Ballmer's false choice: Open source or free soda

Steve Ballmer is as obtuse as they come.

Someday Steve Ballmer will descend from Sinai to find that the natives have grown very restless. In the meantime, it would be interesting to discover with whom he talks, since his understanding of open source continues to be seriously flawed.

At a recent Minority Student Day, a student asked Ballmer if Windows would ever go open source. "No" was the immediate response, with this tacked on for good measure:

An open-source version of Windows would mean not only would we publish Windows source code, we would make it free. That's what open source means. We wouldn't be hosting Minority Student Day if we open-source Windows because we wouldn't have enough profit to pay people, let alone invite in people from the community.

I'm not saying open-source is a bad thing, but it doesn't pay the bills in this company, so we can't embrace that way of doing things. ... We give out free soda pop to everybody who works here. We make our stuff free, people gotta give back the soda pop -- it's just inconsistent with what we do around here.

Ignorance, thy name is Ballmer.

Ballmer's statement, however, may be true on one level, but it's a level that is irrelevant going forward: It may well be that Microsoft-sized profits aren't possible selling open-source bits. Of course, this obscures the fact that Google and others happily build businesses on open source and make Microsoft-esque profits. It's all in figuring out what to sell.

Microsoft's model of selling software is a 20th-century model that will continue to work for it until enterprises discover that they now live in the 21st Century when software is free (but services are not). The model going forward is to give away the core code and charge for services around that software. This is Google's model. It's also Red Hat's, Alfresco's, Facebook's, etc.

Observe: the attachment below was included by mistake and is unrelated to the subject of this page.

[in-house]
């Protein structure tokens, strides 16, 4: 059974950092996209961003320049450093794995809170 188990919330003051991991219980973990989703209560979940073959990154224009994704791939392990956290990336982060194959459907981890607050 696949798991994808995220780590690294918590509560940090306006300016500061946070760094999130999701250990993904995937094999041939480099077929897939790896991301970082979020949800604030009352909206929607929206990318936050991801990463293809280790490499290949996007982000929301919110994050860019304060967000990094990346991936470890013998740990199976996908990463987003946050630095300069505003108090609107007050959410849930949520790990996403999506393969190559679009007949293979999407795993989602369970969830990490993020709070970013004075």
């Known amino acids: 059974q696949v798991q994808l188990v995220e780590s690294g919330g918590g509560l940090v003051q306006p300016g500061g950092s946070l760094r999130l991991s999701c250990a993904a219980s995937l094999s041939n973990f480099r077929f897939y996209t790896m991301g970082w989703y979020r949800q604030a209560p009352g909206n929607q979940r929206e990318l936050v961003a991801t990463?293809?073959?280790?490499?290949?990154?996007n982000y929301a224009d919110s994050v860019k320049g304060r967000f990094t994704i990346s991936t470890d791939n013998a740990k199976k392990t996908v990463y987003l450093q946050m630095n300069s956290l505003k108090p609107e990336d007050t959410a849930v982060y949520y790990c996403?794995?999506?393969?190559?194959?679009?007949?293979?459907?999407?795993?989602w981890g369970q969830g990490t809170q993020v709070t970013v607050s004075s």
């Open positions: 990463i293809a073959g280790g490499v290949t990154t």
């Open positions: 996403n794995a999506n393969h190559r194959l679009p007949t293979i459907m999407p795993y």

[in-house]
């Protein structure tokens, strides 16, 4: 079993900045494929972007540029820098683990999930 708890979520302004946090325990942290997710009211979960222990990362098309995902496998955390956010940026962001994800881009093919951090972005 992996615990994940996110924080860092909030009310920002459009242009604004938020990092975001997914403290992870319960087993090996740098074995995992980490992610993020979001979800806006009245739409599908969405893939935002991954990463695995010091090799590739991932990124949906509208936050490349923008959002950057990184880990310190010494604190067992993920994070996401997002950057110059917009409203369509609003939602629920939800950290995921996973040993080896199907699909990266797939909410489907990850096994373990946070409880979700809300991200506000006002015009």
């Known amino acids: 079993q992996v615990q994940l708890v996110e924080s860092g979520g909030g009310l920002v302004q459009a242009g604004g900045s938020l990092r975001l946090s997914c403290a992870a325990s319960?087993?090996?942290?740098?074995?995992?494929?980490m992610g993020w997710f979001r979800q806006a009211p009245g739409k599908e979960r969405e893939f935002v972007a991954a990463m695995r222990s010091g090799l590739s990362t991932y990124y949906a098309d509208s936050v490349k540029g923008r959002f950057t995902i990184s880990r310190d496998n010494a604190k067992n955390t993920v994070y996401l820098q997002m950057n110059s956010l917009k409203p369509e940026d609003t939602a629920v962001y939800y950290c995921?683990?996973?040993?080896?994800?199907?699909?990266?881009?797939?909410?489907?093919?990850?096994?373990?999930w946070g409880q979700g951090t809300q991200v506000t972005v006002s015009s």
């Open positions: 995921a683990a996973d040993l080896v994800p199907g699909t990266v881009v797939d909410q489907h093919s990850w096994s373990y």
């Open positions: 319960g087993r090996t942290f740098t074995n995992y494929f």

Giving away Windows wouldn't necessarily make it "free" (as in soda). That's just Ballmer being obtuse. He's a relic of yesterday's software model. He made a ton of money for himself and for shareholders and the residual of that model will feed many mouths with free soda for years.

But it's yesterday's model, for yesterday's companies. Microsoft might have noticed that it hasn't proved to be relevant in any of the 21st Century's businesses. Its bid for Yahoo! won't change this unless Microsoft changes the way it views its software business.

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About the author

    Matt Asay is chief operating officer at Canonical, the company behind the Ubuntu Linux operating system. Prior to Canonical, Matt was general manager of the Americas division and vice president of business development at Alfresco, an open-source applications company. Matt brings a decade of in-the-trenches open-source business and legal experience to The Open Road, with an emphasis on emerging open-source business strategies and opportunities. He is a member of the CNET Blog Network and is not an employee of CNET. You can follow Matt on Twitter @mjasay.

     

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